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a Suzuki truck stood at the entrance of Shola Market with a vendor shouting at the top of his lungs about merchandise with a special discount.


On the eve of the Ethiopian Christmas (Genna), January 6, 2020, a Suzuki truck stood at the entrance of Shola Market with a vendor shouting at the top of his lungs about merchandise with a special discount. The truck was stocked full of chickens, each going for the price of 200 Br and brought straight from the Wolaita Zone of Southern Regional State.

His friend stayed in the truck with the chickens in order to fetch one whenever a customer approached. But the day was long, and business was slow. He spent it in the truck’s shade from the sun, idling on his phone.



It was not a different story inside the market or in many of the others across the city. Holidays, once characterised by commotion, were for Genna more silent and slow.

"There would be no time to stand around and talk about how there's no business," said one vendor in Mercato, surprised that he was not haggling with customers on an Ethiopian holiday.





Even the livestock and dairy markets were largely depressed. Sheep sold for a little over 3,000 Br; chicken could be bought for as low as 170 Br; and eggs stayed around six Birr each.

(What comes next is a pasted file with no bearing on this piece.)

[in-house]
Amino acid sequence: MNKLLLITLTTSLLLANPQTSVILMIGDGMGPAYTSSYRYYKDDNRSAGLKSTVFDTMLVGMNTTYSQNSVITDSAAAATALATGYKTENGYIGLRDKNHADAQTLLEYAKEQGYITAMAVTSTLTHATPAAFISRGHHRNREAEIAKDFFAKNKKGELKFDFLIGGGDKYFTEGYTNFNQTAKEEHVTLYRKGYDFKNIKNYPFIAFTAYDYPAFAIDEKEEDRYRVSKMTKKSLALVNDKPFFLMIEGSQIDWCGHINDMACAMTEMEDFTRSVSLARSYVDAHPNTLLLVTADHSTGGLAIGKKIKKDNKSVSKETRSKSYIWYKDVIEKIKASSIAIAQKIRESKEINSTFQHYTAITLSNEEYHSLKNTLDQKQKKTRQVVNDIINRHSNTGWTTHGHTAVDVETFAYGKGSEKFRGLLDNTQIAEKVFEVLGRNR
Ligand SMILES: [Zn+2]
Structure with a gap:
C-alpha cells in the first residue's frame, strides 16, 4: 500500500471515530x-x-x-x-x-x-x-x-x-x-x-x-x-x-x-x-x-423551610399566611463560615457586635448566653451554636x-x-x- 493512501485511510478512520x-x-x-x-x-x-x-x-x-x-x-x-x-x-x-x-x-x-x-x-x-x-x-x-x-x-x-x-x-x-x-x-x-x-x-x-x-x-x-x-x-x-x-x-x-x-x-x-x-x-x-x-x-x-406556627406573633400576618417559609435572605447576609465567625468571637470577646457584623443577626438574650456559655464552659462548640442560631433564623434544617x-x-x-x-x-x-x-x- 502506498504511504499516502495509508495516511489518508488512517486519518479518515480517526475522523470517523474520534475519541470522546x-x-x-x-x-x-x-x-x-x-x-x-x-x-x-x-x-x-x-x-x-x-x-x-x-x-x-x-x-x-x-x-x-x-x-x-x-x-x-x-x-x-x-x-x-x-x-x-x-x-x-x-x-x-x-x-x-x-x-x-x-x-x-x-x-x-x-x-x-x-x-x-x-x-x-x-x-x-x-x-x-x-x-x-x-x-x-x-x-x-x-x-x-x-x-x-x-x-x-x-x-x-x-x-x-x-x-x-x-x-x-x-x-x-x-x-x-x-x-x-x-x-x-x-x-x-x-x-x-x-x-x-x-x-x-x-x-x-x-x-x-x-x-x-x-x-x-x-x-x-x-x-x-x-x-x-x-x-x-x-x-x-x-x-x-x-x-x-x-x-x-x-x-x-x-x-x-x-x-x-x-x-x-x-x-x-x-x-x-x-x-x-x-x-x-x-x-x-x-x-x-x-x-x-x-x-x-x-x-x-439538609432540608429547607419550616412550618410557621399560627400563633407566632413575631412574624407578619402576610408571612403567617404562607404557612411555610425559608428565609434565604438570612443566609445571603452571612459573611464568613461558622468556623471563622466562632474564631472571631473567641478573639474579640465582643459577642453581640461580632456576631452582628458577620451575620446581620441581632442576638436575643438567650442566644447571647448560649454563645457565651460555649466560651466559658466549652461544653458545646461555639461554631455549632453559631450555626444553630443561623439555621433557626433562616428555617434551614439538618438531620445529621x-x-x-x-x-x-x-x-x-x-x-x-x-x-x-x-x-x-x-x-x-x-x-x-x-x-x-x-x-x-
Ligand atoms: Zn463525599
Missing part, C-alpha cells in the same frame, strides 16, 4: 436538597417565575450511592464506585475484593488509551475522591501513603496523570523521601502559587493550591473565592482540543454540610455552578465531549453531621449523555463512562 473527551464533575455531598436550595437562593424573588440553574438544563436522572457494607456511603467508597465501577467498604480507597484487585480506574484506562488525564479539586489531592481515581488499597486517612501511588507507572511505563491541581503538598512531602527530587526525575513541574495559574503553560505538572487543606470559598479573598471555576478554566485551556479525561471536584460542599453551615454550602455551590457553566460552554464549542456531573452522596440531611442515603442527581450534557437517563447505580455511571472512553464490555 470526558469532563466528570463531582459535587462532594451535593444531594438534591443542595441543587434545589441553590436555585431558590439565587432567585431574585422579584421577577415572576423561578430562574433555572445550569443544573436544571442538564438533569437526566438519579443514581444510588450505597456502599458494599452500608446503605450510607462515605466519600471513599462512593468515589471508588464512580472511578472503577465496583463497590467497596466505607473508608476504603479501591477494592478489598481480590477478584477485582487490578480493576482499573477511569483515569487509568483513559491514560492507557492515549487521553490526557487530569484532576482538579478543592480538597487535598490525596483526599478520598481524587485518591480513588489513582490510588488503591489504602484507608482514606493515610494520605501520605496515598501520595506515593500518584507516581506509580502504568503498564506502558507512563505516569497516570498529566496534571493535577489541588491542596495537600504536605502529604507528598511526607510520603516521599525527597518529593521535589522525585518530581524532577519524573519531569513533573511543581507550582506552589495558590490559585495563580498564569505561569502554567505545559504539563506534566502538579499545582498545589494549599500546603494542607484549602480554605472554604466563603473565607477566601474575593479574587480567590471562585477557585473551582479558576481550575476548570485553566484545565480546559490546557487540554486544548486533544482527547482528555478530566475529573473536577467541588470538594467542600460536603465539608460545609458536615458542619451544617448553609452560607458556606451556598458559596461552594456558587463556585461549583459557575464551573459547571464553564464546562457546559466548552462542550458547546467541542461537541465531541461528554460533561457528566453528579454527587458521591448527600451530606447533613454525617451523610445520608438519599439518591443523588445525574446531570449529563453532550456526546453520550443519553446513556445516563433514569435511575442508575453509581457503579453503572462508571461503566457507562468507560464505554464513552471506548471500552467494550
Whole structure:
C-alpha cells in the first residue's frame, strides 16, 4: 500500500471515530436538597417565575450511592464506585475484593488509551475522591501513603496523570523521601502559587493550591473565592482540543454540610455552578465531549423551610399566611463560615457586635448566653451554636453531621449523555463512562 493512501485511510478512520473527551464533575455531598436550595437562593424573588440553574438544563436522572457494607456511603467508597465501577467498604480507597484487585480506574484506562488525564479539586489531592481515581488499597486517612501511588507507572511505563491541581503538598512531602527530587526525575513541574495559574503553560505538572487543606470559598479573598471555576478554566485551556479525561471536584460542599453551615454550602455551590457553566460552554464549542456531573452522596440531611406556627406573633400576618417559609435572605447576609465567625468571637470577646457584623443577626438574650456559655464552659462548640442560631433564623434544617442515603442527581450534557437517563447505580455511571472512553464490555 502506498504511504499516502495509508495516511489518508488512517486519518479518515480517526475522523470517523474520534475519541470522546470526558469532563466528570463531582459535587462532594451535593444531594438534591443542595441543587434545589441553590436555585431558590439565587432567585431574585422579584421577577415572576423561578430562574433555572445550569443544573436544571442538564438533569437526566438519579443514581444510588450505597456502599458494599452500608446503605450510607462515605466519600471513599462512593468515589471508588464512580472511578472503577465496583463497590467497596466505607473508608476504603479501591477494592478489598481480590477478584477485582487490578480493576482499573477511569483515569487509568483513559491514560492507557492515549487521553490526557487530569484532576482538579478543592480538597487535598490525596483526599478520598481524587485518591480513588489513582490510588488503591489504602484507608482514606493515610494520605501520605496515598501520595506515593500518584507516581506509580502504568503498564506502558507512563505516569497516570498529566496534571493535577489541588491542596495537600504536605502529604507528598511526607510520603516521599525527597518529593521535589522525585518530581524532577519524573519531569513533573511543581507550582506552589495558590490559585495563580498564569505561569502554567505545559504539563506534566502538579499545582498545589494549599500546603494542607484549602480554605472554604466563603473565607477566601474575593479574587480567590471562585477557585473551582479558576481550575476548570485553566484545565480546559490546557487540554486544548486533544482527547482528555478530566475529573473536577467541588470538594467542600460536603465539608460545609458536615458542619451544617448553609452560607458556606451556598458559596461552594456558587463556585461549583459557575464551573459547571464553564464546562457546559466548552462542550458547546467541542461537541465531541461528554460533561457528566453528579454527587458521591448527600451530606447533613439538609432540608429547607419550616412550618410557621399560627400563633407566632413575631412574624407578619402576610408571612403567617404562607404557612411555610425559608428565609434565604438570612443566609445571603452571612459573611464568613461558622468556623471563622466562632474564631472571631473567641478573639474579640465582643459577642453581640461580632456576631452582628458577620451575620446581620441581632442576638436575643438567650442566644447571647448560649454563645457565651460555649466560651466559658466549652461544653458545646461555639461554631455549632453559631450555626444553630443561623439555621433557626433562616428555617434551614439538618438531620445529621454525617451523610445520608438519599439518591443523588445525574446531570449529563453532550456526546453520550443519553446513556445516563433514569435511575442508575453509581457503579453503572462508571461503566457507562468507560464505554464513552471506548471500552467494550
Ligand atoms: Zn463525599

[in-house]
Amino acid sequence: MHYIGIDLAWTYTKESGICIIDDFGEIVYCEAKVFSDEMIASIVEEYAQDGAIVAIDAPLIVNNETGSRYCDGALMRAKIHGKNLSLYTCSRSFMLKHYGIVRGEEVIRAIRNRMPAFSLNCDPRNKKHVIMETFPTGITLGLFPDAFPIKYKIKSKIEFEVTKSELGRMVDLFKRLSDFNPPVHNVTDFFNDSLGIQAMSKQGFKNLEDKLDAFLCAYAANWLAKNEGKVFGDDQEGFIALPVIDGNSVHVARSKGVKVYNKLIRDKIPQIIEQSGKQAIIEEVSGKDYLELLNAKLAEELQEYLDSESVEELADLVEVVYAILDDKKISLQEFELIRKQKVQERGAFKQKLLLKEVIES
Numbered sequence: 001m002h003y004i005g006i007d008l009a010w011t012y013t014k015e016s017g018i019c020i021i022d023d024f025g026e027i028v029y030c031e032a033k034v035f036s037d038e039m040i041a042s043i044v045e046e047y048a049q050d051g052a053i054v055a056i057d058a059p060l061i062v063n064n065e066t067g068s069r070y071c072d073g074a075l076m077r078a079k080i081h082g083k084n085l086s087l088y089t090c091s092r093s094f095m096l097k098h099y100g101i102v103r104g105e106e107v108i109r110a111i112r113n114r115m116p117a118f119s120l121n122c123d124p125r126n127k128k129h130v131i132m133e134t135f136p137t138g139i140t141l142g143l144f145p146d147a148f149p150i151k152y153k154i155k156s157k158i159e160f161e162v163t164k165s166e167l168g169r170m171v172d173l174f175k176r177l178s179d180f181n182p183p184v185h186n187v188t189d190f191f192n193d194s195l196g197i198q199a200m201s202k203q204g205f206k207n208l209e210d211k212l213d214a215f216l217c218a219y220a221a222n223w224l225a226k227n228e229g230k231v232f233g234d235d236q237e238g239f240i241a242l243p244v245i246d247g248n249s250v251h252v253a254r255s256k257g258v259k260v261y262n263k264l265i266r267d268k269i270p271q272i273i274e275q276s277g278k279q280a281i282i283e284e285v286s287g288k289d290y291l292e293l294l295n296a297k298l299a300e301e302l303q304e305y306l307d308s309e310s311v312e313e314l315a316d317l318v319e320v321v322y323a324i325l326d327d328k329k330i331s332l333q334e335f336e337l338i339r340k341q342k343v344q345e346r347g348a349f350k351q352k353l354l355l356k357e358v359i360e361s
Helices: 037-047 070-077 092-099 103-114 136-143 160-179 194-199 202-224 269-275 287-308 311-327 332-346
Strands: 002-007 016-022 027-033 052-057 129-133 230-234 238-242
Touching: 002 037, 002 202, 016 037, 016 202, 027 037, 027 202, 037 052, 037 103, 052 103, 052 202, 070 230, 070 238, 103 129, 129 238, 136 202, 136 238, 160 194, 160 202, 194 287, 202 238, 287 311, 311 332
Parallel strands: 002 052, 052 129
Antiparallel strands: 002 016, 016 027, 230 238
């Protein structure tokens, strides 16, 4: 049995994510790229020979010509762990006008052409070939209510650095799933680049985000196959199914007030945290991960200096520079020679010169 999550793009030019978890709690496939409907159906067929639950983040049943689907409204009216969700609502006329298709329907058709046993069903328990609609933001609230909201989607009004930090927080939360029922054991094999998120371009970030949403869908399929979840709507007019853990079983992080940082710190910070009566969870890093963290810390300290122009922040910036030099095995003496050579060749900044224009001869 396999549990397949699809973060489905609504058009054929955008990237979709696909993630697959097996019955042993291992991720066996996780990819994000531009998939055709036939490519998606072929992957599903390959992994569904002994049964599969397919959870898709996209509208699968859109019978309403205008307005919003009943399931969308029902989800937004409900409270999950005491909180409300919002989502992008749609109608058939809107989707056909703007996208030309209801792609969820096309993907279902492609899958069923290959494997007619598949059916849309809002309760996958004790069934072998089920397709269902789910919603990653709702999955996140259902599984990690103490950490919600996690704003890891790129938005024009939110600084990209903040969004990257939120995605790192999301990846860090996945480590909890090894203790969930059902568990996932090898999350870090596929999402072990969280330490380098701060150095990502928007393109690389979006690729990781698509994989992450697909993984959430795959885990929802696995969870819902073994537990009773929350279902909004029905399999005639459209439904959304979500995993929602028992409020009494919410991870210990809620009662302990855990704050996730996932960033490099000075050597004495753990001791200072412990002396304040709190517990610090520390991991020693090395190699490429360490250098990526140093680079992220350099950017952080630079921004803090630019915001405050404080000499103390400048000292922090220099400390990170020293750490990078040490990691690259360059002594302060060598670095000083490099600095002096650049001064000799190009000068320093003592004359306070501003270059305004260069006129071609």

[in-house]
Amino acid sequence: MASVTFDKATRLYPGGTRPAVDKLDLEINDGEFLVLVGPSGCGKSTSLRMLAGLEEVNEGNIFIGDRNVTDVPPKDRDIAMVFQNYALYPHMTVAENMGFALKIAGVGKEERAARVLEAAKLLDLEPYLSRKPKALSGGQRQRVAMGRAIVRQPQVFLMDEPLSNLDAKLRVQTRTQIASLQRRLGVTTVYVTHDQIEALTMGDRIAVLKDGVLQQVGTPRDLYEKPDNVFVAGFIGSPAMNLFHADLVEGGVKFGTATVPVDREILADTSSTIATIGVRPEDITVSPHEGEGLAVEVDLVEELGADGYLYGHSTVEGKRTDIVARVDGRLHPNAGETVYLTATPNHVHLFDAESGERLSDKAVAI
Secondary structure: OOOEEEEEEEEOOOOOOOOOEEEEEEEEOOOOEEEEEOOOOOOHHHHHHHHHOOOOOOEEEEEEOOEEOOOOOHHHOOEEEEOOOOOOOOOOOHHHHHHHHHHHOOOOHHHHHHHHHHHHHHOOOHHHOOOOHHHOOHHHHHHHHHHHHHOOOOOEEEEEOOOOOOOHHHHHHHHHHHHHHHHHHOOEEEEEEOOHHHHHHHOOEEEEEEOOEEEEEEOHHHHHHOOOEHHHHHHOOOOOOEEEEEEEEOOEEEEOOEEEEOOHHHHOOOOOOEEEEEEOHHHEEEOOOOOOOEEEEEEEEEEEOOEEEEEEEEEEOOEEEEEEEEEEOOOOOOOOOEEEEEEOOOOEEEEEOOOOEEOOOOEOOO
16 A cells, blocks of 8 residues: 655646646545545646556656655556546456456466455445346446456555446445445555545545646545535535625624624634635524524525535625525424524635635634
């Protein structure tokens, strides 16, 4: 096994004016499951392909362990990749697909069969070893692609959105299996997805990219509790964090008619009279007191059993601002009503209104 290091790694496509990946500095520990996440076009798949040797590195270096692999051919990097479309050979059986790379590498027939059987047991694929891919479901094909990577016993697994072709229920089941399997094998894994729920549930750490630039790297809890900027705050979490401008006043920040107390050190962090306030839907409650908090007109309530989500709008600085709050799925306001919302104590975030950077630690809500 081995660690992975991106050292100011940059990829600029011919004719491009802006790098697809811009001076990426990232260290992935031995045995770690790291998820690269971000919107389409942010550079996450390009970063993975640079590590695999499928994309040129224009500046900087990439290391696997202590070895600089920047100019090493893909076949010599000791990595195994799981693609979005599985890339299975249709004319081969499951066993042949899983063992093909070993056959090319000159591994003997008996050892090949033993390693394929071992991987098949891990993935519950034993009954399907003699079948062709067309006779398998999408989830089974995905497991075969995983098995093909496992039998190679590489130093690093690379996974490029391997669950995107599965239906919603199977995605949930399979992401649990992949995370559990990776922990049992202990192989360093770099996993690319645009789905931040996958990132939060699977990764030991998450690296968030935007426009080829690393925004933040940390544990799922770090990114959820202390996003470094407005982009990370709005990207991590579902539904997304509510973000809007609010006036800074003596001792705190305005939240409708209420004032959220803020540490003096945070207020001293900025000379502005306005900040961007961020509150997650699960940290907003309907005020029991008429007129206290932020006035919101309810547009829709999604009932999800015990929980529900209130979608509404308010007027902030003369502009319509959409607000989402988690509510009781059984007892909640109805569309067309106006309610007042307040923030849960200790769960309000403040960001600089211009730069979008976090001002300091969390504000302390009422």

That prices for goods were not on the increase, especially after the New Year Holiday four months ago, would be a good thing under normal circumstances. Part of it may be explained with lack of hoarding, price hiking and early distribution of items to consumer cooperative unions, according to the Addis Abeba Trade Bureau.


But experts worry that this is not the case. It is not that supply has improved, as the activities in markets portend, it is a depression in aggregate demand.

The main exhibit is headline inflation, which stood at 18.2pc, though it was 0.8 percentage points lower than the month before. Coupled with a currency fast depreciating over the past year – the Birr lost a third of its value against a basket of major currencies – there is a dampened demand.

"The air is dead," is how the vendor, who brought chickens from Wolaita, summed up the Genna market.

You can read the full story here .



PUBLISHED ON Jan 09,2021 [ VOL 21 , NO 1080]


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